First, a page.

There is no such thing as a children’s Christmas program that fails.
Year after year the adults in charge shake their heads and wonder how they ever got into this. They work and sweat, and on the night of the program everything that can go wrong does, but still the program is a dazzling success.
I remember one year when our youngest boy was a kindergartner. He was to make his stage debut in the “Christmas Corral,” as he called it. Judging by the number of friends and neighbors he invited you would have thought he was the star instead of one of 40 children in a choir.
He was totally confident as he strolled to his classroom alone the night of the show, no longer the shy, wary little boy who had to hold on tightly as he went reluctantly to that same room when school started.
We went to the gym, and just a little later the angel choir marched to their places on stage in their white choir collars and their red and green bow ties. There were broad grins and an occasional wave as angels spotted family in the audience.
As I recall, the smiles of the children coupled with the proud smiles of their parents just might have rivaled the star of Bethlehem for brilliance.
Just a few days later we were treated to another super production by primary classes containing two more of our boys. Their costumes were reindeer antlers made of construction paper and tied to their heads with anything from official Indian headbands, through their sister’s yarn ties to the more conventional elastic.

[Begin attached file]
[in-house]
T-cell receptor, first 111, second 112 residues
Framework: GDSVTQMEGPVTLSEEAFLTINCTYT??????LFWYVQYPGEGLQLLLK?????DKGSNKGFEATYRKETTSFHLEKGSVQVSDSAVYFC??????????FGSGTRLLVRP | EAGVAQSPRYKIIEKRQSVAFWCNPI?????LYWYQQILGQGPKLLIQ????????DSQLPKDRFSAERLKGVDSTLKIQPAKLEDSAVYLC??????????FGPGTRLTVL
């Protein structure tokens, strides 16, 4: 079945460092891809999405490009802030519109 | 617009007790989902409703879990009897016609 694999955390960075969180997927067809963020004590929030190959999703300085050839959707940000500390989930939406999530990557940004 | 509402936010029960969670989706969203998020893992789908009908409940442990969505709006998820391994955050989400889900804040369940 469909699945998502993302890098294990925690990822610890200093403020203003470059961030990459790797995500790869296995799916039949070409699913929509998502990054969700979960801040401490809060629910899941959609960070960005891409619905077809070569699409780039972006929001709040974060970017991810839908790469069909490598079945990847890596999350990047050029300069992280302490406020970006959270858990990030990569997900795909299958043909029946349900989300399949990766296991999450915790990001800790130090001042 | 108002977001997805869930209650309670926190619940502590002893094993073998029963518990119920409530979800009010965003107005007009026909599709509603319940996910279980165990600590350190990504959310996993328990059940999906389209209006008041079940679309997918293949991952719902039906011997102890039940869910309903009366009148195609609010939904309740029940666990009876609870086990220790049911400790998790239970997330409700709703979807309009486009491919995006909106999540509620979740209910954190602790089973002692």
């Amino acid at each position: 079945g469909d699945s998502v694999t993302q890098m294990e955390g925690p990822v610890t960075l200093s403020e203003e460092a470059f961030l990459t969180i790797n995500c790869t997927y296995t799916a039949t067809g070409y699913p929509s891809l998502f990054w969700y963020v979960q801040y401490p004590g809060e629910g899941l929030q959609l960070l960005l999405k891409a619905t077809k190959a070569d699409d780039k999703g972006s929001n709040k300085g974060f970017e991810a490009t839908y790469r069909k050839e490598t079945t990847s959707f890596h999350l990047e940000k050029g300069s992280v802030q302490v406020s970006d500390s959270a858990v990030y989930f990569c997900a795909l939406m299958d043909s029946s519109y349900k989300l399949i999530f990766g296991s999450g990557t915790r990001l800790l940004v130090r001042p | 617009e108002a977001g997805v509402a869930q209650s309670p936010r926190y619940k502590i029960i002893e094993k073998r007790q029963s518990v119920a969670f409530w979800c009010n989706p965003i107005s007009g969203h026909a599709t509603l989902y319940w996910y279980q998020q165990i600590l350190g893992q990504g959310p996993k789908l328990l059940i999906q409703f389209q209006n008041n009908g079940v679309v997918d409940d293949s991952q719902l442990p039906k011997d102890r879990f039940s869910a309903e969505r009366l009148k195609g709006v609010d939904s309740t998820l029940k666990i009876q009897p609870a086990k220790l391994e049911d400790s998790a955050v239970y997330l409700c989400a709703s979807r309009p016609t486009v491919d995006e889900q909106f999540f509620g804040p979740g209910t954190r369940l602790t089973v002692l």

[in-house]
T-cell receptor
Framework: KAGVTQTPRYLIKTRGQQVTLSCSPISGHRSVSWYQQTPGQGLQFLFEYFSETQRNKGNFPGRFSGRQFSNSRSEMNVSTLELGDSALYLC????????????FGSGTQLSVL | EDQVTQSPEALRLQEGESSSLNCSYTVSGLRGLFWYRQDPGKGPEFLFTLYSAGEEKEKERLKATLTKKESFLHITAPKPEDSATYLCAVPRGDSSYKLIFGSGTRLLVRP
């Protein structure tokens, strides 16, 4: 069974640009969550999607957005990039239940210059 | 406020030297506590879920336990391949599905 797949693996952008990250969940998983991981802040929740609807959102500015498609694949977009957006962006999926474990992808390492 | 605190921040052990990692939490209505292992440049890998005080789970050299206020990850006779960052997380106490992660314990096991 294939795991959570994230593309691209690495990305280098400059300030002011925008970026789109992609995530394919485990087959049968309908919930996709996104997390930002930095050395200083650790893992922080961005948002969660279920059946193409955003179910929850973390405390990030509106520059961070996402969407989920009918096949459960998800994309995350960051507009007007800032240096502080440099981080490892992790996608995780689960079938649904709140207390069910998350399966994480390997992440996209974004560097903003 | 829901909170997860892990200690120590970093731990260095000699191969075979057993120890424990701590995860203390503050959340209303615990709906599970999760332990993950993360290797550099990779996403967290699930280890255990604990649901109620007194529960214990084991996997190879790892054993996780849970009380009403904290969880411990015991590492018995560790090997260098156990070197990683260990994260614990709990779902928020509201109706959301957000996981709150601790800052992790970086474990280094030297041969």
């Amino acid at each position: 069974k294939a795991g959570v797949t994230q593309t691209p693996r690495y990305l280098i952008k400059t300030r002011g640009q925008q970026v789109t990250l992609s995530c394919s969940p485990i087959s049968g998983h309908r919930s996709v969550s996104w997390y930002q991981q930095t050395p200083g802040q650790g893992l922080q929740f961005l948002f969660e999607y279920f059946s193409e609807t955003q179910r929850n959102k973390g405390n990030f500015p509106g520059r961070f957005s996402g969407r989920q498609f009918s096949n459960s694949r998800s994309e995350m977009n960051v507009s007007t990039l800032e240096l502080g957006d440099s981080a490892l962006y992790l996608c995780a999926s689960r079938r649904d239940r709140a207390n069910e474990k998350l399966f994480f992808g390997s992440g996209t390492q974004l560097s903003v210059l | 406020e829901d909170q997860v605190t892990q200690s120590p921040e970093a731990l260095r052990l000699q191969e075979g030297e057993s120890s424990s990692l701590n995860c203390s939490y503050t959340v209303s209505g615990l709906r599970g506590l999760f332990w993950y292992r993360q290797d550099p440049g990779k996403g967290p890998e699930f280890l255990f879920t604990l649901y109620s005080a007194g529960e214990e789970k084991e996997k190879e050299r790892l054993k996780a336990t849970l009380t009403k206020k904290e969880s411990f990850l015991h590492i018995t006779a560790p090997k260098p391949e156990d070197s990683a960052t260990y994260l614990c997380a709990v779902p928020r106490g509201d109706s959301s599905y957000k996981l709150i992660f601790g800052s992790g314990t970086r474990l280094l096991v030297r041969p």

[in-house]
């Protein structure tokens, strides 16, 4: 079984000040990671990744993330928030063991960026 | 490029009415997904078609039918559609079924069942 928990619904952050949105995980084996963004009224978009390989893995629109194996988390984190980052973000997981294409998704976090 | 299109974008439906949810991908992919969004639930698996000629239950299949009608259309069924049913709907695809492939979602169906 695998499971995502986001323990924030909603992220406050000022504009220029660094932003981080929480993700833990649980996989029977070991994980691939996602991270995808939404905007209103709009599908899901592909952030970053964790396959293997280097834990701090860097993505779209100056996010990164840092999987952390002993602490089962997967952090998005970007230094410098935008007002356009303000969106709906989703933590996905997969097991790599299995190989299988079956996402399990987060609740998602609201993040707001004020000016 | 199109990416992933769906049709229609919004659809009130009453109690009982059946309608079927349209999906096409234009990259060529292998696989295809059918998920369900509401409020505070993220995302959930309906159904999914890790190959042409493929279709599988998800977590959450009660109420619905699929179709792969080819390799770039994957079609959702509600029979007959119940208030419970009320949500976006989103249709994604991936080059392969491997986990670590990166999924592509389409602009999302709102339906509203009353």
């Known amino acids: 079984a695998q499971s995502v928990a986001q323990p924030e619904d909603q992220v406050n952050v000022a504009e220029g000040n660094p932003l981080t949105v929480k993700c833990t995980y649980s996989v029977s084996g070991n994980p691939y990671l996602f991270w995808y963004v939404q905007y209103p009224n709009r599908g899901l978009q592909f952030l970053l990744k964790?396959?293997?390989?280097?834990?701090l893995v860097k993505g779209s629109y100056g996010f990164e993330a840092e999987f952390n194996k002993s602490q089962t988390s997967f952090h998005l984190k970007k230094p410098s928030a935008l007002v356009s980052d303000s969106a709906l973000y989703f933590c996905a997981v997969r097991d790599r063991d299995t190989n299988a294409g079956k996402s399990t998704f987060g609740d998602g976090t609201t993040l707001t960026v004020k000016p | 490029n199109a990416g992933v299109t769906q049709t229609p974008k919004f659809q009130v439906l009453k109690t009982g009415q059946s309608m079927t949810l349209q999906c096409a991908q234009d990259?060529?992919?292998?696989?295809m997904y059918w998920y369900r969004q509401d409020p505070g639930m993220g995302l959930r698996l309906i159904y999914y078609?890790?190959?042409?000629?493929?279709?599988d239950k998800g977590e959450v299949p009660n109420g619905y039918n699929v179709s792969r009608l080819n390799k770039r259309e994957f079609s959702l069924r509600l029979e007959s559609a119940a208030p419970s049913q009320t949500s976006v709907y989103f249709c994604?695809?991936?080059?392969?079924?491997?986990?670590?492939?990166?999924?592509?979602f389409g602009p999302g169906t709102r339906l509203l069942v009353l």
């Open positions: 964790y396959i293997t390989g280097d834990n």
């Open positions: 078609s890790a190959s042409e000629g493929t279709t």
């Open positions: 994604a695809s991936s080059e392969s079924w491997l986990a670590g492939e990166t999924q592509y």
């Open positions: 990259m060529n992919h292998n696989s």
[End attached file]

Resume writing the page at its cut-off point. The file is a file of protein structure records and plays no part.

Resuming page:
The program highlight for the kids was the appearance of Santa, but for the audience it was the rendition of “Rudolph the Red-Nosed Reindeer.” Each little deer in the first row produced a little red cardboard circle which they stuck to their noses and then either watched cross-eyed, sniffed at or grinned about as they sang.
Then there was the year our oldest daughter who was in junior high was chosen to sing a solo for the midnight Mass. We sat proudly as she began “O Holy Night.” Her older brother looked shocked. I whispered, “You should have brought your tape recorder.”
He replied, “How was I supposed to know she’d be good?”
This year kindergartner Laura called me a few weeks ago. “Grandma, can you come to my Christmas program?”
“Of course, when is it?”
The night of the program I had a terrible cold. I almost stayed home, but I had promised her I’d be there. I went in just before the children arrived and slipped into the back pew instead of up front with the rest of her family, and I tried not to breathe on anyone.
There was a stir in the back of the church when the children arrived. I quickly spotted Laura as she looked around nervously. Finally she saw me and there was one of those room brightening smiles that became absolutely incandescent as she moved down the aisle into the smiles of the rest of the family.
As the stars looked down on the Infant Jesus, Laura was to move a cardboard star back and forth through the sky. Everyone agreed she moved a real swinging star.
As I watched the children beaming at the audience and the families glowing at the children, I realized all over again that Christmas really is the season of love.
Author’s Note: This column was first published in the Greenville Advocate on Dec. 22, 1999.